The thing is… Side Stories don’t exist in isolation. They are nestled in the larger package of DDLC+ and locked behind several parts of the main story. While games often lock additional content behind progression or particular achievements, the effect of doing so is different here.

DDLC doesn’t just break the fourth wall with a casual wink at the player to the Solid metal gear; this is breaking the fourth wall. You are positioned as you – the player rather than the player-character – and you become the direct recipient of Monika’s obsession. You go through the moves the game seems to require: composing poems, making choices. But in the end, none of that matters because Monika is aware of her existence within a video game. This insight allows her to manipulate the objective world around her, augmenting other characters’ negative personality traits to achieve the happy ending she is otherwise unable to have. Concordance between the player and the game cannot be restored as a result.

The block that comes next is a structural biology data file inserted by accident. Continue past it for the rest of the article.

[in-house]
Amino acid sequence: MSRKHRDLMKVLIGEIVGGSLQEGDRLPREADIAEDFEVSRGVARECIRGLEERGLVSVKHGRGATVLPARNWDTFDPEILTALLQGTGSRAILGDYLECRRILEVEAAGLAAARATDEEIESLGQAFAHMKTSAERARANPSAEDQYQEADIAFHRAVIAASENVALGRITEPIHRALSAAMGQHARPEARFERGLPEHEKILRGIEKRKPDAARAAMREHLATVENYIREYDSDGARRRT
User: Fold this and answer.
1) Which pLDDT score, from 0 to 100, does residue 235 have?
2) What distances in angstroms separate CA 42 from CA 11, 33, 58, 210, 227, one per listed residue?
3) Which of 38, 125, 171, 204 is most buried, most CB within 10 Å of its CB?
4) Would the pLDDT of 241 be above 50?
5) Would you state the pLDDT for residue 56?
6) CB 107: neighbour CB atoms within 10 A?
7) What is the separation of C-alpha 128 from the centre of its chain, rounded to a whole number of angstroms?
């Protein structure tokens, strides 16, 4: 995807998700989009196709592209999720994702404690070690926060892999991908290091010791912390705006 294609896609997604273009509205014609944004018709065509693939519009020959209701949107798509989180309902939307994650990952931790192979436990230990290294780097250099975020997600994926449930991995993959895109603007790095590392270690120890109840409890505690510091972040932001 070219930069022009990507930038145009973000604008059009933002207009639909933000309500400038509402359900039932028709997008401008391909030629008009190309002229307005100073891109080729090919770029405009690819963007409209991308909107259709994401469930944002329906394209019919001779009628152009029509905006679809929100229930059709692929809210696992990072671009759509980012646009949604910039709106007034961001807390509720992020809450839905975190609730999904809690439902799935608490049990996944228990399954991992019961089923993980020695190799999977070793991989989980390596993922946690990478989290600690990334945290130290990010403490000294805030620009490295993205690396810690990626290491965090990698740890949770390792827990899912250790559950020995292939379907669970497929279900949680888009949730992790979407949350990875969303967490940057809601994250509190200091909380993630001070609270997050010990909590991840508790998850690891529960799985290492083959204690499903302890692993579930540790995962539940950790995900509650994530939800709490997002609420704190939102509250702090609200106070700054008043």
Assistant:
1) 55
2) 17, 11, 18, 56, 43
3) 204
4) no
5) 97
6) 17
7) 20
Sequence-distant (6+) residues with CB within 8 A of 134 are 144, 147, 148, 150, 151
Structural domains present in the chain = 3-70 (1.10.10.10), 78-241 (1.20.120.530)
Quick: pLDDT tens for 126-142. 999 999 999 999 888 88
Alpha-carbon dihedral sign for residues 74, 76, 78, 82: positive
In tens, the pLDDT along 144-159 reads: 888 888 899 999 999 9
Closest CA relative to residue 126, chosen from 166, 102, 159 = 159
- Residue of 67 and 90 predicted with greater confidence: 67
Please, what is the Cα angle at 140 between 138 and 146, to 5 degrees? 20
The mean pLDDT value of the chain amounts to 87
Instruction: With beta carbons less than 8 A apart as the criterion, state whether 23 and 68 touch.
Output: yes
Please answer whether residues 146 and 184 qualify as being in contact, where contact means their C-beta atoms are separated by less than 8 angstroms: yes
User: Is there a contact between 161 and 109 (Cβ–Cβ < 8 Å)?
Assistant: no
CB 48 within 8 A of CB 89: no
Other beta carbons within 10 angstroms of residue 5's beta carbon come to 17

Similarly, the metafictional framing of DDLC+ ensures that you can’t forget that this is just a story. You only see what the creator of this story wants you to see. The packaging of the game reinforces this feeling. As you progress through the main game and side stories, you unlock email messages passed between members of the fictional MetaVerse Enterprise Solutions team, further positioning DDLC like a fiction within a fiction.


With the fiction’s implied contract thus broken, the player cannot do not see the ordinary DDLC+ Side Stories as a suspect. In the game, as in reality, your subjectivity is determined by what you have seen, by the unexpected rewriting of the rules of the game, by the way the story changes to accommodate changes that should be impossible, by Monika’s self-awareness, and by extreme portrayals of mental illness.